attempt different protocol versions in descending order until the
   passive entity accepts one with a corresponding Contact Header reply.
   Only upon response of a Contact Header from the passive entity is the
   TCPCL protocol version established and parameter negotiation begun.

   During contact initiation, the active TCPCL node SHALL send the
   highest TCPCL protocol version on a first session attempt for a TCPCL
   peer.  If the active entity receives a Contact Header with a
   different protocol version than the one sent earlier on the TCP
   connection, the TCP connection SHALL be closed.  If the active entity
   receives a SESS_TERM message with reason of "Version Mismatch", that
   node MAY attempt further TCPCL sessions with the peer using earlier
   protocol version numbers in decreasing order.  Managing multi-TCPCL-
   session state such as this is an implementation matter.

The latter paragraph repeats some of what’s in the former, as though they were written separately and pasted together.  May I suggest merging them this way?:

NEW
   The first negotiation is on the TCPCL protocol version to use.  The
   active entity always sends its Contact Header first and waits for a
   response from the passive entity. During contact initiation, the
   active TCPCL node SHALL send the highest acceptable TCPCL protocol
   version on a first session attempt to a TCPCL peer.  If the active
   entity receives a Contact Header with a different protocol version
   than the one it had sent, the TCP connection SHALL be closed.  If
   the active entity receives a SESS_TERM message with reason of
   "Version Mismatch", that node MAY attempt further TCPCL sessions
   with the peer, using earlier protocol version numbers in decreasing
   order.  Managing multi-TCPCL-session state such as this is an
   implementation matter.  Only upon response of an acceptable Contact
   Header from the passive entity is the TCPCL protocol version
   established and parameter negotiation begun.
END

   the node MAY either terminate the session
   (with a reason code of "Version mismatch") or the node MAY adapt its
   operation to conform to the older version of the protocol.

The first “the node MAY” is already factored out of the “either”, so you can strike the second instance:

NEW
   the node MAY either terminate the session
   (with a reason code of "Version mismatch") or adapt its
   operation to conform to the older version of the protocol.
END

— Section 4.6 —

      The order and
      mulitplicity of these Session Extension Items MAY be significant,
      as defined in the associated type specification(s).

This is not a BCP 14 “MAY”, but just a plain English “may” (or “might”).

— Section 4.7 —

      If the
      either Transfer MRU or Segment MRU is unacceptable

“If either the” — words swapped.

   Session Keepalive:  Negotiation of the Session Keepalive parameter is
      performed by taking the minimum of this two contact headers'
      Keepalive Interval.

“of the two” and “Intervals”.

      It can be a
      reasonable security policy to both require or disallow the use of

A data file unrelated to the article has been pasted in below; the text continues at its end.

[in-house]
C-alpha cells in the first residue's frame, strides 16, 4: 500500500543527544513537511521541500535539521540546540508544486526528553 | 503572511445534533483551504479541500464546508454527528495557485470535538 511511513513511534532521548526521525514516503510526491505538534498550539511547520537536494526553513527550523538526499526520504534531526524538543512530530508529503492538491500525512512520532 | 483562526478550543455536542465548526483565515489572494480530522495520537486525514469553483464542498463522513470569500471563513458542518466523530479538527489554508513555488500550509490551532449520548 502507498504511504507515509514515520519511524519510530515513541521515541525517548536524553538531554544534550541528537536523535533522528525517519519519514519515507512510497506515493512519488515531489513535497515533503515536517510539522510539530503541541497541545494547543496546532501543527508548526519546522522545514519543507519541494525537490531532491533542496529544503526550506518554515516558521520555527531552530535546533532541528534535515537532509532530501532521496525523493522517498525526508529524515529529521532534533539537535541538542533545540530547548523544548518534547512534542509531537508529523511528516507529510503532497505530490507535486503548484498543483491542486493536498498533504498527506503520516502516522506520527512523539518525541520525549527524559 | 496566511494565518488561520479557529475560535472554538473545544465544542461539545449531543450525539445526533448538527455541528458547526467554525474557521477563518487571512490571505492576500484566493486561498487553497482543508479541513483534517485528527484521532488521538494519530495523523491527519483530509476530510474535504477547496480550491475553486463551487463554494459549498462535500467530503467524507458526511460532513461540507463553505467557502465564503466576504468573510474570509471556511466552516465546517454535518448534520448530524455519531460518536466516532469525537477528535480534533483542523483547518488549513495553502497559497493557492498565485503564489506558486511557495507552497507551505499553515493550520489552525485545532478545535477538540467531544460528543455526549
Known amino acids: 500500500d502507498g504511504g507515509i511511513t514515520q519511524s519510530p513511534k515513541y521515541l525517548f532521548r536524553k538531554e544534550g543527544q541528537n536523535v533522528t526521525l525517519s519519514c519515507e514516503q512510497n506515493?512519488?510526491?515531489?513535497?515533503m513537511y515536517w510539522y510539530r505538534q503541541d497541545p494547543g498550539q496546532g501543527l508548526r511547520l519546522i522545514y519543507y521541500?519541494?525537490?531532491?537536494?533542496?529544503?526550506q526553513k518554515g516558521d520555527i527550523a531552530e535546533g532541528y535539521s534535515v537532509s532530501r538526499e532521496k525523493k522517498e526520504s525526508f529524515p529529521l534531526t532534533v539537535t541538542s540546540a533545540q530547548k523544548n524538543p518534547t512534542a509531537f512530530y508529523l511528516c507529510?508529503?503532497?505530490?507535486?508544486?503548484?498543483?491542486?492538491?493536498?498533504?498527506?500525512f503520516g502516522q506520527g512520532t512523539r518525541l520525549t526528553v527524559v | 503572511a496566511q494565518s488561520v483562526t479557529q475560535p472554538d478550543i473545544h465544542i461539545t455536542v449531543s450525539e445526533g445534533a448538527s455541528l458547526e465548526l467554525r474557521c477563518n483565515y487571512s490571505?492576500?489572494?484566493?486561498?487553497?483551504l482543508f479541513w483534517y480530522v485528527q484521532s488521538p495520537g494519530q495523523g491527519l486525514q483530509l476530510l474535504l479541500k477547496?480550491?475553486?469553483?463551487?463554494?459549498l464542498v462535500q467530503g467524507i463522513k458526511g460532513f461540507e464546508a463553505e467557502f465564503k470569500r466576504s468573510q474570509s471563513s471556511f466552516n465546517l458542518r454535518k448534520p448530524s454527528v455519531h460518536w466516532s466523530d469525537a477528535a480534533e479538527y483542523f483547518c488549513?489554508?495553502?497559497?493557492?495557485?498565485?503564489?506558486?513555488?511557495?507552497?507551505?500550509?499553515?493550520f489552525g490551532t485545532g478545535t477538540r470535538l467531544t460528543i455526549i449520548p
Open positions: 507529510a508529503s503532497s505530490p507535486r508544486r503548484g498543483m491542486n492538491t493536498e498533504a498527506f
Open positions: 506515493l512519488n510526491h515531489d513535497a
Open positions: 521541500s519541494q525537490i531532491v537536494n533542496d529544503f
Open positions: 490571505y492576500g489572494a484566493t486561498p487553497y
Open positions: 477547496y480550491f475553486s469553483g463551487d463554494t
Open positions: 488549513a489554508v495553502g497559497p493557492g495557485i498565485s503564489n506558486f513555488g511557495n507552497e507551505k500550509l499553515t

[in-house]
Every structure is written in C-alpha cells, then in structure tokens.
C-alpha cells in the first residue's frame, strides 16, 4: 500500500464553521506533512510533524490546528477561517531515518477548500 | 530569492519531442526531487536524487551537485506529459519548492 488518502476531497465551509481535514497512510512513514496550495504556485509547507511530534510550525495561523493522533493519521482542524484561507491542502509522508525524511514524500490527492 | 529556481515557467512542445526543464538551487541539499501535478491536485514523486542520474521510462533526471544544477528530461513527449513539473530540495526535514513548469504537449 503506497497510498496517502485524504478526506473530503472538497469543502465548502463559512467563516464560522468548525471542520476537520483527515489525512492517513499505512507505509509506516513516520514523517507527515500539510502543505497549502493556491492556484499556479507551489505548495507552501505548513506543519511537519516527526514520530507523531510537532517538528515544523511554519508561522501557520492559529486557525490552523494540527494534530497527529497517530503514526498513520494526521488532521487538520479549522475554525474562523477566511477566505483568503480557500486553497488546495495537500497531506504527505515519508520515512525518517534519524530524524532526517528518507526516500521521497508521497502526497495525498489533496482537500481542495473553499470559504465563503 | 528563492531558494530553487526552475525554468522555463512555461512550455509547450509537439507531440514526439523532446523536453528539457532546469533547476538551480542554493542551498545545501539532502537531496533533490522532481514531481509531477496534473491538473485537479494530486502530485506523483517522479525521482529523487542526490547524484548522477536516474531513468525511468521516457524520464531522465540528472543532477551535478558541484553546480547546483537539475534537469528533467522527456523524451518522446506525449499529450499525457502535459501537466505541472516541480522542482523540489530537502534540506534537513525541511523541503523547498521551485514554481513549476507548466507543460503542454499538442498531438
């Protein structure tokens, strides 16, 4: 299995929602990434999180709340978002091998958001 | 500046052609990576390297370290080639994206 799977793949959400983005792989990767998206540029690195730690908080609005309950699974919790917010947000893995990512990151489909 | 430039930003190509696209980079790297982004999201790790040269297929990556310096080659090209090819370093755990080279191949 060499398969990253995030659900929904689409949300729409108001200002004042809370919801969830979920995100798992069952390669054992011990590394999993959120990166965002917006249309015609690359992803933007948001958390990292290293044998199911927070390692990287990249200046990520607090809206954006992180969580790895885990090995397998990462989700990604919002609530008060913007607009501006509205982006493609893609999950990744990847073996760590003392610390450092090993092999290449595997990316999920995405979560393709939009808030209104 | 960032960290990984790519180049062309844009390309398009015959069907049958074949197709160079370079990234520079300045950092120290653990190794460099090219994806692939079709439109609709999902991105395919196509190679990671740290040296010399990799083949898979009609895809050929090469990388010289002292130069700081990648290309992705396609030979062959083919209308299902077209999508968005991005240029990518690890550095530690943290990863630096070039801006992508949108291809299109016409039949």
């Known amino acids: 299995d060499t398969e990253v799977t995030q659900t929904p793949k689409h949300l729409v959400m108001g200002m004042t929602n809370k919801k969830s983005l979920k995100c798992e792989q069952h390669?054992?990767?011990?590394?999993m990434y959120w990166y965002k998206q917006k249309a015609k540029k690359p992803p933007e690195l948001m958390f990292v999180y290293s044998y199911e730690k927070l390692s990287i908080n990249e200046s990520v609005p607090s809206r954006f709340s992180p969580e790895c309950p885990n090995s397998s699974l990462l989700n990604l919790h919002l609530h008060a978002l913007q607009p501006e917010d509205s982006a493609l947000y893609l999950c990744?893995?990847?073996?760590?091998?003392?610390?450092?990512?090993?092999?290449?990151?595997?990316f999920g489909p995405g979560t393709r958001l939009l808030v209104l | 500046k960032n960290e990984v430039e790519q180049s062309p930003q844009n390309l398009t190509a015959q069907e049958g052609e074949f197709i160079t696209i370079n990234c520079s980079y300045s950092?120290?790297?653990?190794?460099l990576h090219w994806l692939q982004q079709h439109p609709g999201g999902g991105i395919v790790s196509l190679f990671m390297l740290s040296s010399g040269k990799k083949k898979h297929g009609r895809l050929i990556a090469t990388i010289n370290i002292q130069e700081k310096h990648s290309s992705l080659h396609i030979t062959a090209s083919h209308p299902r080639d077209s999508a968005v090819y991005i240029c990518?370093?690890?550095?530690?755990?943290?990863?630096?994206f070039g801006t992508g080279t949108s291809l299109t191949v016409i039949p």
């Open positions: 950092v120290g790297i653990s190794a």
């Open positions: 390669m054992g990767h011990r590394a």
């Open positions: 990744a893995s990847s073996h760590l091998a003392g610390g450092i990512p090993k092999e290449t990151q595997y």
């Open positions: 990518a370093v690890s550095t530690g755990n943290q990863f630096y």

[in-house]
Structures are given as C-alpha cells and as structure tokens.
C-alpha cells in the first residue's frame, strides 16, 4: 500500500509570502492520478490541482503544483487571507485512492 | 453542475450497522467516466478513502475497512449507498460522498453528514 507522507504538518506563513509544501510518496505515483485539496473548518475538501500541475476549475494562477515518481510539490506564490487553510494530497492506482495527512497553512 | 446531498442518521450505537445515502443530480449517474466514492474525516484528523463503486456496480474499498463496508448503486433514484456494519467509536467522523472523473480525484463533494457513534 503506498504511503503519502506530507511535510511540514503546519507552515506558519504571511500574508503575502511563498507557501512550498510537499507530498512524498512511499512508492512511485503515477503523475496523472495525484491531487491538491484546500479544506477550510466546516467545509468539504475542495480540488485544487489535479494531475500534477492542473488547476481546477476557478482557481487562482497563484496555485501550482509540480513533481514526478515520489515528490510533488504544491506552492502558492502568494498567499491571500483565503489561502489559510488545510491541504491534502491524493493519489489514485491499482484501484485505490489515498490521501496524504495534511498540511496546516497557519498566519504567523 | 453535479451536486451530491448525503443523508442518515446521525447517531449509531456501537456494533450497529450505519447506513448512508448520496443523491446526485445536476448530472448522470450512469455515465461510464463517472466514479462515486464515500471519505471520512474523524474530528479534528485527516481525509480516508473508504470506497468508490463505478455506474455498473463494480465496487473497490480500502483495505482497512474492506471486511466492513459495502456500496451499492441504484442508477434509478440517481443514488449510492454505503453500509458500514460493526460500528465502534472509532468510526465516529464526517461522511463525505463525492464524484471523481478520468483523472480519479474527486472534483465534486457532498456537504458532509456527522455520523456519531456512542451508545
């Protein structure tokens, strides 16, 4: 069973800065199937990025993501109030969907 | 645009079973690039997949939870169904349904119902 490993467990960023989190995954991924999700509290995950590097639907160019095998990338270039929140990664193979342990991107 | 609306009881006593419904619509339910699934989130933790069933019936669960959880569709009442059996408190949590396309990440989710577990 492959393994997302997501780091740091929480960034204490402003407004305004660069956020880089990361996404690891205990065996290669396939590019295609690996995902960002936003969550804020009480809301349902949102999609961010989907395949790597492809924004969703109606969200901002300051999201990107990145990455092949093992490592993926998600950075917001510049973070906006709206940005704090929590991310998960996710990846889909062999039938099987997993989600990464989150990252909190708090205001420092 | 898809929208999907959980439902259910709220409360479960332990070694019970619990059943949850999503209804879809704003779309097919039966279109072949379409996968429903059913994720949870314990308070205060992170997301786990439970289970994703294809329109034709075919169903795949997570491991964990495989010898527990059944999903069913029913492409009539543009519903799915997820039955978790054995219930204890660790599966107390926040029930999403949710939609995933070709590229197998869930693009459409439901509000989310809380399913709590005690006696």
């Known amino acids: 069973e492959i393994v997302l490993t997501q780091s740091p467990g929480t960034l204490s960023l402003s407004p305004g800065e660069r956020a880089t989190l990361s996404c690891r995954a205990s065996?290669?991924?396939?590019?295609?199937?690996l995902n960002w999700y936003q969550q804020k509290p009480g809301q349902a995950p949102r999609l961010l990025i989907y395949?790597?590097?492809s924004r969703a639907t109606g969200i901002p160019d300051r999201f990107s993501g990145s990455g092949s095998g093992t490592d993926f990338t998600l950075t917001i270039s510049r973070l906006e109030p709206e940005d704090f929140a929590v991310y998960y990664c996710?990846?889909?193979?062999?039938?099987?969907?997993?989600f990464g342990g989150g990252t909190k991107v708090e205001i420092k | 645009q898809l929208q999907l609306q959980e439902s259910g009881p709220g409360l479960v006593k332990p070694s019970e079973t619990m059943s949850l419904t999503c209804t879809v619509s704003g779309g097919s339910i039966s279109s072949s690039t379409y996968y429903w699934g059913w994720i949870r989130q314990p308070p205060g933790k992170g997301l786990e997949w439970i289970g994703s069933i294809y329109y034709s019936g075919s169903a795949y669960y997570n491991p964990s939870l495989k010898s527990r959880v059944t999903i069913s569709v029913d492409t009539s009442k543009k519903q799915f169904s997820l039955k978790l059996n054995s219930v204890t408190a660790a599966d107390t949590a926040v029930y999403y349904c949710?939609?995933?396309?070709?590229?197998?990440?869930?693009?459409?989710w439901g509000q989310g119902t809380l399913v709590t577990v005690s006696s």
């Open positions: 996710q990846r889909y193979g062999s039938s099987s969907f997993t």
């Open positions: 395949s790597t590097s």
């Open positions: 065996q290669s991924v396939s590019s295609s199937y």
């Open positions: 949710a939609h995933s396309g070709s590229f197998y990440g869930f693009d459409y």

TLS depending upon the desired network flows.

You can’t both require and disallow at the same time.  You mean “either”, not “both”.

— Section 4.8 —

   Flags:  A one-octet field containing generic bit flags

This field is called “Item Flags” in the diagram, and should be called that here as well.

— Section 5.1.1 —

   Note: The Keepalive Interval SHOULD NOT be chosen too short as TCP
   retransmissions MAY occur in case of packet loss.
…
   KEEPALIVE messages MAY experience noticeable latency.

These are not BCP 14 “MAY”, but just plain English “may” (or “might”).

— Section 5.2 —

   The choice of the length to use for segments is
   an implementation matter, but each segment MUST be no larger than the

As I recommended earlier, I think MUST NOT is clearer than MUST in sentences such as this, so I suggest, “but each segment MUST NOT be larger than”.

— Section 5.2.2 —

      The order and
      mulitplicity of these transfer extension items MAY be significant,
      as defined in the associated type specification(s).

This is not a BCP 14 “MAY”, but just a plain English “may” (or “might”).

— Section 5.2.4 —

   As data segments and
   acknowledgments MAY cross on the wire

This is not a BCP 14 “MAY”, but just a plain English “may” (or “might”).

   bundle after transmitting a XFER_REFUSE message since messages MAY
   cross on the wire;

This is not a BCP 14 “MAY”, but just a plain English “may” (or “might”).

   Note: If a bundle transmission is aborted in this way, the receiver
   MAY not receive a segment with the 'END' flag set to 1 for the
   aborted bundle.

This is not a BCP 14 “MAY”, but just a plain English “may” (or “might”).  But, perhaps what you really want here is “will not”?

— Section 5.2.5 —

   Flags:  A one-octet field containing generic bit flags

This field is called “Item Flags” in the diagram, and should be called that here as well.

(Alexey Melnikov) No Objection

Comment (2020-02-20 for -18)
[Updated. See the new text at the end.]
Thank you for this well written document. It was a pleasure to read!

I agree with Suresh, text about TLS 1.2 compatibility looks dodgy.

I also have some comments I would really like to see replies to:


The document never states byte order for 16/32/64 bit fields. As you are not using CBOR (or any other format), this can't be presumed to be known.

4.7.  Session Parameter Negotiation

   Enable TLS:  Negotiation of the Enable TLS parameter is performed by
      taking the logical AND of the two contact headers' CAN_TLS flags.
      A local security policy is then applied to determine of the
      negotiated value of Enable TLS is acceptable.  It can be a
      reasonable security policy to both require or disallow the use of
      TLS depending upon the desired network flows.  Because this state
      is negotiated over an unsecured medium, there is a risk of a TLS
      Stripping as described in Section 8.  If the Enable TLS state is